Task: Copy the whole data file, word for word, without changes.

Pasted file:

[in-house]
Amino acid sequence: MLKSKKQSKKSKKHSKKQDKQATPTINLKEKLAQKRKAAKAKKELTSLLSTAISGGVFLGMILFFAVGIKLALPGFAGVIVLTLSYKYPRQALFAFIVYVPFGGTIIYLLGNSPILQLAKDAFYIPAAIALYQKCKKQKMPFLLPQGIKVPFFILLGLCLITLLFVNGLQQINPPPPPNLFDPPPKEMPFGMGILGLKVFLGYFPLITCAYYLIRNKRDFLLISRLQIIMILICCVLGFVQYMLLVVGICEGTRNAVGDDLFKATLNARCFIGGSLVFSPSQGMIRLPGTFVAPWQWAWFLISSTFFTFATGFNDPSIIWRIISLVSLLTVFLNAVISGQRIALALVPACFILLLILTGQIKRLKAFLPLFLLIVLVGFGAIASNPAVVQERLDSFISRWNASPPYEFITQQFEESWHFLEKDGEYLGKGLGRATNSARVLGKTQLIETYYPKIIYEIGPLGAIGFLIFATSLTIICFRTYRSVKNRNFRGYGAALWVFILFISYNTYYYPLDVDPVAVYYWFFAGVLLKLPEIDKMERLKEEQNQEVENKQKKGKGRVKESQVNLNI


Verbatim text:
[in-house]
Amino acid sequence: MLKSKKQSKKSKKHSKKQDKQATPTINLKEKLAQKRKAAKAKKELTSLLSTAISGGVFLGMILFFAVGIKLALPGFAGVIVLTLSYKYPRQALFAFIVYVPFGGTIIYLLGNSPILQLAKDAFYIPAAIALYQKCKKQKMPFLLPQGIKVPFFILLGLCLITLLFVNGLQQINPPPPPNLFDPPPKEMPFGMGILGLKVFLGYFPLITCAYYLIRNKRDFLLISRLQIIMILICCVLGFVQYMLLVVGICEGTRNAVGDDLFKATLNARCFIGGSLVFSPSQGMIRLPGTFVAPWQWAWFLISSTFFTFATGFNDPSIIWRIISLVSLLTVFLNAVISGQRIALALVPACFILLLILTGQIKRLKAFLPLFLLIVLVGFGAIASNPAVVQERLDSFISRWNASPPYEFITQQFEESWHFLEKDGEYLGKGLGRATNSARVLGKTQLIETYYPKIIYEIGPLGAIGFLIFATSLTIICFRTYRSVKNRNFRGYGAALWVFILFISYNTYYYPLDVDPVAVYYWFFAGVLLKLPEIDKMERLKEEQNQEVENKQKKGKGRVKESQVNLNI